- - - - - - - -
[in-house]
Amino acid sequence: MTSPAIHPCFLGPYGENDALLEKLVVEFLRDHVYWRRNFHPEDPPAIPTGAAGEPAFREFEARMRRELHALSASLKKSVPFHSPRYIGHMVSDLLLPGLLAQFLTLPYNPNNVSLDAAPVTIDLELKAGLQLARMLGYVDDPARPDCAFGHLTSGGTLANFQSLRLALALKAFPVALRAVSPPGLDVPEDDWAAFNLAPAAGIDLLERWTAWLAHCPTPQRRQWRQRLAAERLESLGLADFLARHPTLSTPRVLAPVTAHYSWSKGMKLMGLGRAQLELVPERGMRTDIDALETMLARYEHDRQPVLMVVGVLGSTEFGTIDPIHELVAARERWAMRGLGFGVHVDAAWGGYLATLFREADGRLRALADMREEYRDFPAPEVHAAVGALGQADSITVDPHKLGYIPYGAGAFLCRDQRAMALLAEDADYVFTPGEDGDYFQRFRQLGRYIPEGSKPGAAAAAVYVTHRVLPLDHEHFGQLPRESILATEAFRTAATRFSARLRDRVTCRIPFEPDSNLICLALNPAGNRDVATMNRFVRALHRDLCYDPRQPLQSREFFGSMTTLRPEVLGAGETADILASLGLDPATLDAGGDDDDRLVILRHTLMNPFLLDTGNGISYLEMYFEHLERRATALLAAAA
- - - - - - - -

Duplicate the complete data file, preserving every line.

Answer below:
[in-house]
Amino acid sequence: MTSPAIHPCFLGPYGENDALLEKLVVEFLRDHVYWRRNFHPEDPPAIPTGAAGEPAFREFEARMRRELHALSASLKKSVPFHSPRYIGHMVSDLLLPGLLAQFLTLPYNPNNVSLDAAPVTIDLELKAGLQLARMLGYVDDPARPDCAFGHLTSGGTLANFQSLRLALALKAFPVALRAVSPPGLDVPEDDWAAFNLAPAAGIDLLERWTAWLAHCPTPQRRQWRQRLAAERLESLGLADFLARHPTLSTPRVLAPVTAHYSWSKGMKLMGLGRAQLELVPERGMRTDIDALETMLARYEHDRQPVLMVVGVLGSTEFGTIDPIHELVAARERWAMRGLGFGVHVDAAWGGYLATLFREADGRLRALADMREEYRDFPAPEVHAAVGALGQADSITVDPHKLGYIPYGAGAFLCRDQRAMALLAEDADYVFTPGEDGDYFQRFRQLGRYIPEGSKPGAAAAAVYVTHRVLPLDHEHFGQLPRESILATEAFRTAATRFSARLRDRVTCRIPFEPDSNLICLALNPAGNRDVATMNRFVRALHRDLCYDPRQPLQSREFFGSMTTLRPEVLGAGETADILASLGLDPATLDAGGDDDDRLVILRHTLMNPFLLDTGNGISYLEMYFEHLERRATALLAAAA